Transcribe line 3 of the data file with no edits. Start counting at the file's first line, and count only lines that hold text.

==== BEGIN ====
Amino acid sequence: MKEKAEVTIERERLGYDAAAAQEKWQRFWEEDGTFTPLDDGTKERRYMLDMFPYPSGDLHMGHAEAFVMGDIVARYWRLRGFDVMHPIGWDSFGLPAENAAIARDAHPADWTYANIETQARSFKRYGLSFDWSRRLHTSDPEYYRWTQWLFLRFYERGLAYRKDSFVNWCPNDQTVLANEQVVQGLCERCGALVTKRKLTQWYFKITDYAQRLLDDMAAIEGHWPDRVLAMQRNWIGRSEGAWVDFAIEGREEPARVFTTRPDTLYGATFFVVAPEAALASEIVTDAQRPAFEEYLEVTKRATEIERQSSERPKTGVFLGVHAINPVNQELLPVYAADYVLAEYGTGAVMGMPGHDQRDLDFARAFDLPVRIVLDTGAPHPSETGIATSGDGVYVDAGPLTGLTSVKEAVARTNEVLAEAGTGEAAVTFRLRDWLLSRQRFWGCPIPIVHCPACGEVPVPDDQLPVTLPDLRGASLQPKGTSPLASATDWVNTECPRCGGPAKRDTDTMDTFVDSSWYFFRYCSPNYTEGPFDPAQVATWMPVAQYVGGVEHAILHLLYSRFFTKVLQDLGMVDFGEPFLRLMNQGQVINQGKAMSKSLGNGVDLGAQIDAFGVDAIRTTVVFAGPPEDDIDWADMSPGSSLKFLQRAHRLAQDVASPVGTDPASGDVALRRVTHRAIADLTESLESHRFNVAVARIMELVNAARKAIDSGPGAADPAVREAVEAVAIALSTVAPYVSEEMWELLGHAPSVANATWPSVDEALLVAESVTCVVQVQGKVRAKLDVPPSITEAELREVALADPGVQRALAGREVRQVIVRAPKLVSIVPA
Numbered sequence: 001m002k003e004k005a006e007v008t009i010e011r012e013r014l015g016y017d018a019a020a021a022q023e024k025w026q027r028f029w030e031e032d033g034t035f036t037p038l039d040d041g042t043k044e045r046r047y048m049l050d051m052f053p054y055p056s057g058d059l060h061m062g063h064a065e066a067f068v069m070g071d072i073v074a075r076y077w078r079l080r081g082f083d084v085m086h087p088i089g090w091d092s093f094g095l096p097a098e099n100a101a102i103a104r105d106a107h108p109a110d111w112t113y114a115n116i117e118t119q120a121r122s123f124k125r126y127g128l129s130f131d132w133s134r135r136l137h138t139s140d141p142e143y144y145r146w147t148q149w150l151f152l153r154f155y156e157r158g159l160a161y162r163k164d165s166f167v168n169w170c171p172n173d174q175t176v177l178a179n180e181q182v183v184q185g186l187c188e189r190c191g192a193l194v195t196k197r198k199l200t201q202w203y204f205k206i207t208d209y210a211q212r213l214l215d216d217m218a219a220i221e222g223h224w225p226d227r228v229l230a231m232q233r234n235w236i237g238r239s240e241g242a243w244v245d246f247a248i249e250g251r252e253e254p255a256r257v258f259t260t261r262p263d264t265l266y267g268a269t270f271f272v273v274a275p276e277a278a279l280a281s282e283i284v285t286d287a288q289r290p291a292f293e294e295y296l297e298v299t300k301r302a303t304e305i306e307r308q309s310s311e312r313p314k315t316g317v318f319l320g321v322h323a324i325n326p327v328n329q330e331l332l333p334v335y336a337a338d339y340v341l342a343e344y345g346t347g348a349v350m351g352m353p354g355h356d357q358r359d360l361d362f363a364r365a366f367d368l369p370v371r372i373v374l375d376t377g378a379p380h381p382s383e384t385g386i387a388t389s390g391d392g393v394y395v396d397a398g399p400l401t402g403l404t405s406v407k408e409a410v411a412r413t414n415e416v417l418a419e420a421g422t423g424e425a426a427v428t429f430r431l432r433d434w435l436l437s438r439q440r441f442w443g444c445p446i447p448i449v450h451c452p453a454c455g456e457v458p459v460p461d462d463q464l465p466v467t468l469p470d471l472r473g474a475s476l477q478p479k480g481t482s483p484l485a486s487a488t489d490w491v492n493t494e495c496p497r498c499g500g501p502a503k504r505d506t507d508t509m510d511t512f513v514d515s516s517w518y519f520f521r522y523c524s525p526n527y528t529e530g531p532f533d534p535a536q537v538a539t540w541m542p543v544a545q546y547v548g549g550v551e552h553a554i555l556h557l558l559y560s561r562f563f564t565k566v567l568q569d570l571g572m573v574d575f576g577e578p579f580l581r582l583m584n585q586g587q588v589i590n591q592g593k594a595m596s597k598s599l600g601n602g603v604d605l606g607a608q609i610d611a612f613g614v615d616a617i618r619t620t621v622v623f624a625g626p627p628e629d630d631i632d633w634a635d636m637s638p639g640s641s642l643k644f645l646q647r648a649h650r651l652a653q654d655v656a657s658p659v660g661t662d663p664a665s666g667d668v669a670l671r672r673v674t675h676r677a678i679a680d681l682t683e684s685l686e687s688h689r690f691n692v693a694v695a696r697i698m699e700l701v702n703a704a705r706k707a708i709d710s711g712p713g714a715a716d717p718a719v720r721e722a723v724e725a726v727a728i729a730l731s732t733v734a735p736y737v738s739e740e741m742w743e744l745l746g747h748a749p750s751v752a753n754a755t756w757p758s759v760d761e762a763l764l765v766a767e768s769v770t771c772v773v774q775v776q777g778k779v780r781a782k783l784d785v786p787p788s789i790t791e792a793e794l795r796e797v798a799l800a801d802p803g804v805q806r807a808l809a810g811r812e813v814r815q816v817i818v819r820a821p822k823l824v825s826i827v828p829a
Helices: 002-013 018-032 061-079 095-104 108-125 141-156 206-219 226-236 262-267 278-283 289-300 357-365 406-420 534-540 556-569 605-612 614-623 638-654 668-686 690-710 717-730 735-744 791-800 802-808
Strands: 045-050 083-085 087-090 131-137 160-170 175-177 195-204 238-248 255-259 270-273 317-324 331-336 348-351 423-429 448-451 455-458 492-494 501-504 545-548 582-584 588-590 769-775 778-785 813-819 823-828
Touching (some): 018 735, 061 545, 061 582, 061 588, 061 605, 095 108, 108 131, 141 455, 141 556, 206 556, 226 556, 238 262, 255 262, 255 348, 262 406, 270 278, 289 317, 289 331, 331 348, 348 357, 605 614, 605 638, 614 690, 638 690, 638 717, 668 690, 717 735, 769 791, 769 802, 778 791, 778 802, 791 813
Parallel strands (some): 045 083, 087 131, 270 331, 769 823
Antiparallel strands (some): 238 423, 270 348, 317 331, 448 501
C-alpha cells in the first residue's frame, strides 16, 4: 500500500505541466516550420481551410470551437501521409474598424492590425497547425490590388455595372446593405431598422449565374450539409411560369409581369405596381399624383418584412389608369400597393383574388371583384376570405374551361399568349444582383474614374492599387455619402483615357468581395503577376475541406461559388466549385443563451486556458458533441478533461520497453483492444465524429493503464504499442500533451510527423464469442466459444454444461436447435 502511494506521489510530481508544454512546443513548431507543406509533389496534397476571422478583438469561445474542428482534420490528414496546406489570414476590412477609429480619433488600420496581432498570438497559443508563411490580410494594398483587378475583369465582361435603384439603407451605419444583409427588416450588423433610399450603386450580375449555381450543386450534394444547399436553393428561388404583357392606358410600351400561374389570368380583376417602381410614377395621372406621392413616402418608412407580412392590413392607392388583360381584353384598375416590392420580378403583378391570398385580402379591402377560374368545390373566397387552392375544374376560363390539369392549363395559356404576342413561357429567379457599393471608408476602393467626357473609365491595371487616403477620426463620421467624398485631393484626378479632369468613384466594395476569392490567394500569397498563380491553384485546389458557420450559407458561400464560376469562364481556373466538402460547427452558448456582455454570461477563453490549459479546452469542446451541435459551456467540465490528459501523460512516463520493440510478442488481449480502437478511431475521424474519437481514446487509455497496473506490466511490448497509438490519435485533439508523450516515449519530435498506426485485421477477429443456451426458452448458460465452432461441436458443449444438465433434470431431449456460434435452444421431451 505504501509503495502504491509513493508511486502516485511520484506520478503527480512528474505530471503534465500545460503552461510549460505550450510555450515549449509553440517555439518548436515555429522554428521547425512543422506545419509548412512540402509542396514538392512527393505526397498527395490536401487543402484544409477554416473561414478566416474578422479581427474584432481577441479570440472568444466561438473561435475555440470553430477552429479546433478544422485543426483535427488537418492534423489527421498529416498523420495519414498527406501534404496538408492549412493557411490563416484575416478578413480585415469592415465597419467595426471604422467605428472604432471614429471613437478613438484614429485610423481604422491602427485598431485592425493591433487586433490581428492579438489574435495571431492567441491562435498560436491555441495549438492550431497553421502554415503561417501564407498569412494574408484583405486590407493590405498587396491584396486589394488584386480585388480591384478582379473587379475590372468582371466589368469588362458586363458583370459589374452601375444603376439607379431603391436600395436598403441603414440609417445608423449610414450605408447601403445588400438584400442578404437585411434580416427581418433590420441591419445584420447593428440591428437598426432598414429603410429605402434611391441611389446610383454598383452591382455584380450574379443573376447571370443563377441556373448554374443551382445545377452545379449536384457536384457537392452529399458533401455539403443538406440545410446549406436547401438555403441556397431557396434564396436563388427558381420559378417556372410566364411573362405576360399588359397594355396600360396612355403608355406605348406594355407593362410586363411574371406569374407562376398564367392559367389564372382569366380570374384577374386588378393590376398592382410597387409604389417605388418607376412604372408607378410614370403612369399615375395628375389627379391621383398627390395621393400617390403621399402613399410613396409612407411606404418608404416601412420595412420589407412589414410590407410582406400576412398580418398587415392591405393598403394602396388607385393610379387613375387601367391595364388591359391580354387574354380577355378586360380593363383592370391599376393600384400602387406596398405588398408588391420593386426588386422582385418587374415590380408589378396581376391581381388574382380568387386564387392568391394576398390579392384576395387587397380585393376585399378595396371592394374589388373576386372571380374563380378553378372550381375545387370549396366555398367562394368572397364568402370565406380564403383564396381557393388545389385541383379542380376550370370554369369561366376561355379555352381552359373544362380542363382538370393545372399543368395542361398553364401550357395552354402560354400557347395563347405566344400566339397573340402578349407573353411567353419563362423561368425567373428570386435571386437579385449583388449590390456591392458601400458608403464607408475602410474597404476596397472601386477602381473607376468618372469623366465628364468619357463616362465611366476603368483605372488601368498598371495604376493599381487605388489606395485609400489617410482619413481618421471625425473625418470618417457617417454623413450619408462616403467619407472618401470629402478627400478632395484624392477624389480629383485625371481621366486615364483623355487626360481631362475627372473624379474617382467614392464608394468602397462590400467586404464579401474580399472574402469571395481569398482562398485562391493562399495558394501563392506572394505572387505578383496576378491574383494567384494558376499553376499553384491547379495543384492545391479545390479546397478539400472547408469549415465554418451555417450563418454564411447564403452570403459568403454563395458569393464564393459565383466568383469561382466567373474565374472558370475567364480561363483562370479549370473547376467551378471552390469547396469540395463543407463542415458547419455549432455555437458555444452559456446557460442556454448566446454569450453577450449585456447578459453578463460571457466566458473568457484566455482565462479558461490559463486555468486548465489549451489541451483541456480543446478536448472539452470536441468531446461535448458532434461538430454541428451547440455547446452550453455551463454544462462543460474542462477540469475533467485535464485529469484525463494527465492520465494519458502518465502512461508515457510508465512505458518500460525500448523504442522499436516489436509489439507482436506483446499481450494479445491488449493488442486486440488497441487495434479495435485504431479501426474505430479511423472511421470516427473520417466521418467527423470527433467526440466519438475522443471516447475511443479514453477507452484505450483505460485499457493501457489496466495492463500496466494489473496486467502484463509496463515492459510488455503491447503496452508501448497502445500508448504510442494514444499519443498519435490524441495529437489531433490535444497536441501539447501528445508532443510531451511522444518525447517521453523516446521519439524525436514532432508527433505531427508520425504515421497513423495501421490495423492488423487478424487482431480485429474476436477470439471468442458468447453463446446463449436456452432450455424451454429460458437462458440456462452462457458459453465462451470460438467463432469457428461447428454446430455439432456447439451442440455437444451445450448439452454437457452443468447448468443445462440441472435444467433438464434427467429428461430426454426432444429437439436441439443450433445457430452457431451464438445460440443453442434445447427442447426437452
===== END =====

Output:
Helices: 002-013 018-032 061-079 095-104 108-125 141-156 206-219 226-236 262-267 278-283 289-300 357-365 406-420 534-540 556-569 605-612 614-623 638-654 668-686 690-710 717-730 735-744 791-800 802-808